Wednesday, March 27, 2013

Update and A Brief Description

It has been one week since my first chemo treatment, and this is the best I’ve felt in two months.  I’m not skipping down the halls or anything since I found taking a midmorning nap in the library very necessary, but things are looking up.  I no longer need to take extended breaks to lie down in lab due to back pain caused by 5 minutes of minor bench work.  I can walk around at ease instead of having to sit down outside Qdoba to take a breather in the middle of my 4 block walk to work.  The best part is that my appetite is back.  I hit a new weight low last week at 145 lbs, and I’m hoping to gain some back before I start chemo again in two weeks.  Waking up early for the blood count to see when I could do chemo next and the disappointing results was a large contributing factor to the nap. 

My oncologist, Dr. Van Tine, was hoping I could start the next round on Monday, but my white blood cell count was too low when they checked this morning.  I think he saw a bit of disappointment in my face since he then half-jokingly mentioned I would probably need a bone marrow transplant if we kept it at two weeks.  Longer intermissions between chemo will mean a longer treatment time course, but it might help me keep a little normalcy to life.  It also means I will be able to finish out an experiment on Tuesday that I started this week, which I’m happy about as well.  (It’s been a little boring in lab lately without any experiments in the works to provide ambiguous results).

Now that we’re updated, I wanted to explain a little about my cancer.  Ewing’s sarcoma is considered a rare cancer and is a part of a larger group of cancers known (creatively) as the Ewing family of tumors.  According to uncited statistics, I am 1 out of 250ish people that will be diagnosed with this cancer this year.  It is largely considered a childhood cancer since most cases pop up during early adolescence.  However, the different varieties of Ewing’s can present themselves at various points in life.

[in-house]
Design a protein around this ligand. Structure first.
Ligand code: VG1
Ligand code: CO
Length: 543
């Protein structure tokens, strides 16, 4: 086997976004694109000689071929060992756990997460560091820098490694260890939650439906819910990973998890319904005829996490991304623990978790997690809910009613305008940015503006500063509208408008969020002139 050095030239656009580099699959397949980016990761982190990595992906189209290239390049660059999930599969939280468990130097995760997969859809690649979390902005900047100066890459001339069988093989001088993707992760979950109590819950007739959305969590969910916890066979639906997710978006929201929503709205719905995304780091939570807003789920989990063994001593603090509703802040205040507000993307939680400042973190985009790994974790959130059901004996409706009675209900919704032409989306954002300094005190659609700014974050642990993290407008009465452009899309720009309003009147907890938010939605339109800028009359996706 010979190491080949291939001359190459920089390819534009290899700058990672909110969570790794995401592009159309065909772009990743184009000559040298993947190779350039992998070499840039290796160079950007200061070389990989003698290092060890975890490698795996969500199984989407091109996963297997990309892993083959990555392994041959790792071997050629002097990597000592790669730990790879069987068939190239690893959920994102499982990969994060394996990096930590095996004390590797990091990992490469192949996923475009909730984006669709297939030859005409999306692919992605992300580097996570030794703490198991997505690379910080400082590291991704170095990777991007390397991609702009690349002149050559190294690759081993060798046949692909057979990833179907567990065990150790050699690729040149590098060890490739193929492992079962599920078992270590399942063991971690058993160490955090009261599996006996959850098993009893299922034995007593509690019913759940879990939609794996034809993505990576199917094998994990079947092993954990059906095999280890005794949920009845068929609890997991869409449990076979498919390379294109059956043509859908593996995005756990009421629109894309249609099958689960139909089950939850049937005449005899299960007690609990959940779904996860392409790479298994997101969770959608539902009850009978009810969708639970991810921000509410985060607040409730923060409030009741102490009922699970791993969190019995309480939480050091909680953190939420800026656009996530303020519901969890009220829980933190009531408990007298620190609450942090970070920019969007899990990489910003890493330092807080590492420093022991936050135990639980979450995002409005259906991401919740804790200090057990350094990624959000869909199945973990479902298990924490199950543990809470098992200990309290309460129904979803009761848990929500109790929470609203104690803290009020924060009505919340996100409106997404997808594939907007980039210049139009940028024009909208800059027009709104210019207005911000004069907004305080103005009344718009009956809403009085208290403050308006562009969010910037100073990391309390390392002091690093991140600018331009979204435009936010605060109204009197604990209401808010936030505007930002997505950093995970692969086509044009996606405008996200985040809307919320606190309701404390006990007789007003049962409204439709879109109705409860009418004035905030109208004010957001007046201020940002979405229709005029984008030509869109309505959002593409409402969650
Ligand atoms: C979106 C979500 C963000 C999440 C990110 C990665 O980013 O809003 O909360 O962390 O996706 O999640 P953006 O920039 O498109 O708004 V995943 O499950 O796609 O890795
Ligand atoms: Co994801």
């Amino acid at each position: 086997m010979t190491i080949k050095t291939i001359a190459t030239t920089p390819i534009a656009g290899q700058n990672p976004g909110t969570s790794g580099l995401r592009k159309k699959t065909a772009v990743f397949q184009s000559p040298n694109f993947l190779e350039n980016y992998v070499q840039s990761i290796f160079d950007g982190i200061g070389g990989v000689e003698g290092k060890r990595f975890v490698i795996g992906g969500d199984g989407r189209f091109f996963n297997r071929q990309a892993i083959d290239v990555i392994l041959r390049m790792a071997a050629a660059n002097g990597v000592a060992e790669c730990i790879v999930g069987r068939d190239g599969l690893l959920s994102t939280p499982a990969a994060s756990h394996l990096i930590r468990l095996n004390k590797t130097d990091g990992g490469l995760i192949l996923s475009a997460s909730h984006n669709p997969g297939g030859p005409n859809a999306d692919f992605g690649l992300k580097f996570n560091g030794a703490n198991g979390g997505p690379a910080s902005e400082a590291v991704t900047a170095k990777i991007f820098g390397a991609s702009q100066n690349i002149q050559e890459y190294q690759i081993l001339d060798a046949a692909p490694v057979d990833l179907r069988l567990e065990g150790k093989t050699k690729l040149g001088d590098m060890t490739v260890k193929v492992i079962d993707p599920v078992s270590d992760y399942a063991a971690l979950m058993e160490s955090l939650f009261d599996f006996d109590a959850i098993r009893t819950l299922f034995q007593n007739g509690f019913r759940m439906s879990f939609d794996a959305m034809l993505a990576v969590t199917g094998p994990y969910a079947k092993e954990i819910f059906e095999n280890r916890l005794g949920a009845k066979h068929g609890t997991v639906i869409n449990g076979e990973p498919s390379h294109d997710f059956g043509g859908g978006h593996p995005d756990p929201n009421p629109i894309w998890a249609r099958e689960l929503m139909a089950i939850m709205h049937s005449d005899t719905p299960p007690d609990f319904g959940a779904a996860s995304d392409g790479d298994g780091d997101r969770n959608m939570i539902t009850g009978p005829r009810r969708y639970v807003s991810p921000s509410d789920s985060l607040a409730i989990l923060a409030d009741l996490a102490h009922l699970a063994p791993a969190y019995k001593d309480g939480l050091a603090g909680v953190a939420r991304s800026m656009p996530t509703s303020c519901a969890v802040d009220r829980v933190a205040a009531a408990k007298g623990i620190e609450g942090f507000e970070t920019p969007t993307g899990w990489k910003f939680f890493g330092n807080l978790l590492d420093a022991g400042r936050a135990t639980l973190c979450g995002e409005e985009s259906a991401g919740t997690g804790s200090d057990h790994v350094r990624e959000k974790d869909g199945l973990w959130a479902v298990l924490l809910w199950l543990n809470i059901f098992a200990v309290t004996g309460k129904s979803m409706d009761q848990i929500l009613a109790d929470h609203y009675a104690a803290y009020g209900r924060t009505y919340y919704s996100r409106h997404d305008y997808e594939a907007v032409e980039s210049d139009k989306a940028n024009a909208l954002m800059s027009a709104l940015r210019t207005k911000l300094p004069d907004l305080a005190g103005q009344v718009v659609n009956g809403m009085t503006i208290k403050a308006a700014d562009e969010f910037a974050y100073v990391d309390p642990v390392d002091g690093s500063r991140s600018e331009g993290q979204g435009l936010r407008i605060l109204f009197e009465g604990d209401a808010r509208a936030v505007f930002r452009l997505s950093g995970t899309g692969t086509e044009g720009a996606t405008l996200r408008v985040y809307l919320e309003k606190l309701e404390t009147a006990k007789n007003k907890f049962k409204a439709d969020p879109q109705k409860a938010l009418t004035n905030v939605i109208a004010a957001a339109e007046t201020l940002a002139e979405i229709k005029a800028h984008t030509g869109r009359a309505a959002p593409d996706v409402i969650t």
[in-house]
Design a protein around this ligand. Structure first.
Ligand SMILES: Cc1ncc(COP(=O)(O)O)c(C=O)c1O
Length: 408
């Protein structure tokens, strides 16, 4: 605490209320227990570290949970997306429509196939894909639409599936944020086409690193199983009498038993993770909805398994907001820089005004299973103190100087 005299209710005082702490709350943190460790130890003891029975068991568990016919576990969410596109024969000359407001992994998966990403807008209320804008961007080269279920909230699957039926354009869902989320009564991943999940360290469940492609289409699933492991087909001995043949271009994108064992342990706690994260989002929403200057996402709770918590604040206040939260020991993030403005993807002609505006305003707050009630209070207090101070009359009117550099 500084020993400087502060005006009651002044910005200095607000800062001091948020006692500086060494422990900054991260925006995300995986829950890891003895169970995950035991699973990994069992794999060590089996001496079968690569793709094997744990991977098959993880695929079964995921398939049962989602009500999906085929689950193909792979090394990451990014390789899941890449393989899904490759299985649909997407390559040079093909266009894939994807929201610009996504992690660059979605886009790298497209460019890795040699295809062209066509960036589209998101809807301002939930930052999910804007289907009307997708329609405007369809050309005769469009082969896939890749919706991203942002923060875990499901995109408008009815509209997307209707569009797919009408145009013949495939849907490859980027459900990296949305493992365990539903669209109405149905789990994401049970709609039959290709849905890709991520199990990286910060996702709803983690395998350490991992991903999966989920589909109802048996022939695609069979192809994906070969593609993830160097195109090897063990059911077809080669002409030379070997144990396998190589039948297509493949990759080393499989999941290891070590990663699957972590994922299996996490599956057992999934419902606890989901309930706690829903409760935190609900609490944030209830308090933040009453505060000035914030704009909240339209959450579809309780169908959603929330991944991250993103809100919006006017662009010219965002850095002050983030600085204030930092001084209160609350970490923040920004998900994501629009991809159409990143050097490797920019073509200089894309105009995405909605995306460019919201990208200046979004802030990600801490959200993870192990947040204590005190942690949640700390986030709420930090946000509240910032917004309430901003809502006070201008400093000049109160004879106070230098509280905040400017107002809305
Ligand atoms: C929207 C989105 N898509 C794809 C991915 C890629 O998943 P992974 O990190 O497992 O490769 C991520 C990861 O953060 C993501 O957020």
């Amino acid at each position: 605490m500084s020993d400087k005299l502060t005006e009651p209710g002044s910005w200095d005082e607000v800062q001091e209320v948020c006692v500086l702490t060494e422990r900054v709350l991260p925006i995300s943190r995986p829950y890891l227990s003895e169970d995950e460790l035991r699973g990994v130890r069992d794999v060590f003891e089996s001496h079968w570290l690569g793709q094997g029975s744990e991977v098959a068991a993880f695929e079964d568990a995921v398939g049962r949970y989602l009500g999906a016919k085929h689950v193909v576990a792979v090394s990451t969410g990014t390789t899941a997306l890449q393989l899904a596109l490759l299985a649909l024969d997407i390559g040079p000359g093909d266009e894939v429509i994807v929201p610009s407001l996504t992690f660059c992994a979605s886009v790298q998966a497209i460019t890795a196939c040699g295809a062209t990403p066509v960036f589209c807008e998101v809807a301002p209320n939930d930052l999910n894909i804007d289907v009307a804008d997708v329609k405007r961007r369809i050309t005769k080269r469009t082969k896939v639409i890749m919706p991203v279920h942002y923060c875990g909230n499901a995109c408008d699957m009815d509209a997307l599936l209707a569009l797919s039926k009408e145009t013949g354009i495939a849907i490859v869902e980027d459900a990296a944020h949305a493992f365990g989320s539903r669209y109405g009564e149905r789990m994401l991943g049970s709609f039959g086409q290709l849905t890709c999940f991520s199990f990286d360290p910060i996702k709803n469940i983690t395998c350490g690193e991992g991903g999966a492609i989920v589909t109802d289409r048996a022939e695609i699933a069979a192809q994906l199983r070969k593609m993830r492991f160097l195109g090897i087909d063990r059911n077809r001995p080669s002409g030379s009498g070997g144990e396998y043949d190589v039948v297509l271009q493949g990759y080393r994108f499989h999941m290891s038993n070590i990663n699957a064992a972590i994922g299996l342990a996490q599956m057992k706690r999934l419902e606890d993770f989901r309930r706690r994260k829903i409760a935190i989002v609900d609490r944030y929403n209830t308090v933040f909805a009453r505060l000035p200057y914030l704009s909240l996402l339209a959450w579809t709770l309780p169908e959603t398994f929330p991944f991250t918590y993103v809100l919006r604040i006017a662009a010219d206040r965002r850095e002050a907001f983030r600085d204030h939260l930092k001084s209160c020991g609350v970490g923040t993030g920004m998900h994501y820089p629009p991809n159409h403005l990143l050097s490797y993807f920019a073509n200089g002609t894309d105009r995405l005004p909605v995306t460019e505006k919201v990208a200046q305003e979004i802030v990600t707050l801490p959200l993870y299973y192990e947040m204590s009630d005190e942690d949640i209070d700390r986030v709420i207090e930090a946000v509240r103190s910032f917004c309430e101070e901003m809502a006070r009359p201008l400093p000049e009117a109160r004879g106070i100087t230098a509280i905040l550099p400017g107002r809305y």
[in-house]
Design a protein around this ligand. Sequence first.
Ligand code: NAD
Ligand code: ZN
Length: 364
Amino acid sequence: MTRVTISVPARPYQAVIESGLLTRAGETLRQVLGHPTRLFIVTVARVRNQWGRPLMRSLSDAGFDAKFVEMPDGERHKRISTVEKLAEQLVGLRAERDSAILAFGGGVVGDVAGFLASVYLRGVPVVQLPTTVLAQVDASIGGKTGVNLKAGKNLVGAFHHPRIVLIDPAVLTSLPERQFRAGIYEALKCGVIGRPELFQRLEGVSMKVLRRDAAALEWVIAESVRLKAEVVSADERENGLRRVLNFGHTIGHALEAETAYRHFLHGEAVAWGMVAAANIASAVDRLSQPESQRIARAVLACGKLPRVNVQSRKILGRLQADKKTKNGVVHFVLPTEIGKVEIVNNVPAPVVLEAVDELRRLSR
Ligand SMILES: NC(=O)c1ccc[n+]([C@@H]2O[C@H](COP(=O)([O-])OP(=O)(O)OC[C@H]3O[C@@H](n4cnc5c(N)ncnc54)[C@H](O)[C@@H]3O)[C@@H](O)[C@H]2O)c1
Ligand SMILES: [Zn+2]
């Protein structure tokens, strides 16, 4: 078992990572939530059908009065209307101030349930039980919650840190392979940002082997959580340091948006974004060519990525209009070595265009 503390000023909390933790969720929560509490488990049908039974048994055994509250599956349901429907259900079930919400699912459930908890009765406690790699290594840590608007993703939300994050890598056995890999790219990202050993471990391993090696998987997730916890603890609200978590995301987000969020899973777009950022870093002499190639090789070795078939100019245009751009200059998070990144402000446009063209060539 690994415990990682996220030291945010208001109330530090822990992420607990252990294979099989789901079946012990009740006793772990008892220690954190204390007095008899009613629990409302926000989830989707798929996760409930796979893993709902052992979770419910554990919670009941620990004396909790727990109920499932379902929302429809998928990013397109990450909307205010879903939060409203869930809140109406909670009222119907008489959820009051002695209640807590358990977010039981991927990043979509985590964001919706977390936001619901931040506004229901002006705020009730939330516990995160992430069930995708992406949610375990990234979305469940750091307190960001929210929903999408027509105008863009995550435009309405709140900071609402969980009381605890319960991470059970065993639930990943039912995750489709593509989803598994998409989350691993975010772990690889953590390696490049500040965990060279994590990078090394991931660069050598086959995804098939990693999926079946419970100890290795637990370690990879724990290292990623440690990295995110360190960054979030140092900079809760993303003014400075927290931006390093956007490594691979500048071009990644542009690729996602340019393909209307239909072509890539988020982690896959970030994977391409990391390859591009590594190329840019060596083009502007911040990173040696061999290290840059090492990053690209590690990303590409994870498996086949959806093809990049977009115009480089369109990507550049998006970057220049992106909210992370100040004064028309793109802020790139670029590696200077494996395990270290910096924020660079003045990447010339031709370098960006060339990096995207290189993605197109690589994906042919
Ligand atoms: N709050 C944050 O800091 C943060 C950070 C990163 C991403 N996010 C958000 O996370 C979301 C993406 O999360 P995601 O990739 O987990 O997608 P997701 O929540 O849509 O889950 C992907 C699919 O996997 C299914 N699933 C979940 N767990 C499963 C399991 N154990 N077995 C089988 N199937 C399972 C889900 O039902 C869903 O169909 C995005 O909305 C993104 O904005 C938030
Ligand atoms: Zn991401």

Ewing’s sarcoma is a lot different than more the prevalent breast, lung, colon, etc cancers out there.  There are no known risk factors or carcinogens like smoking or obesity that cause Ewing’s.  There are not any genes that are passed down which would predispose me or anyone else for Ewing’s.  It was a freak genetic mutation in one of my cells (probably a bone cell).  One chunk of DNA (the EWS gene of chromosome 22) broke off and attached itself to another chunk of DNA (the FLI1 gene of chromosome 11) to form a new fusion gene (the EWS/FLI fusion gene).  This cell then proceeded to divide uninhibited by the usual constraints to form a tumor.  Some of these cancerous cells then broke off from the original tumor (probably in my ribs) to metastasize and find homes in my vertebrae and pelvis.  This is the very simple version, but the sad thing is that we do know much about this new gene, what it is specifically doing, or how to specifically treat it.   So while we wait for new research to come out, I’ll be having my cancer cells killed the generic way of chemicals, radiation, and ice. 

*I am putting up some pictures to liven up the blog.  A few regular ones since my lab mates told me the current format was depressing and a few scans since I think they are cool to look at.


  1. glad you are feeling better! the scans are cool to look at although except the one showing the lungs, I'm not sure what the tumors look like. are they the white spots?
    many prayers are going your way! :)

  2. Yes, the tumors are the big white spots. The top picture is a PET scan with my chest, vertebrae, and pelvic tumors lighting up. My brain, kidneys, and bladder also come up strongly. The middle picture is a MRI cross section of my chest tumor in white. The bottom is my 1st MRI where you can faintly see my chest tumor in the left side of the picture (my right since I am facing up in the picture).

  3. Greg,
    My day is filled with prayer for you. I hope you don't mind that I shared your blog with the teacher staff and the parents of my students. All are praying and are impressed with your attitude. Hang in there. With love.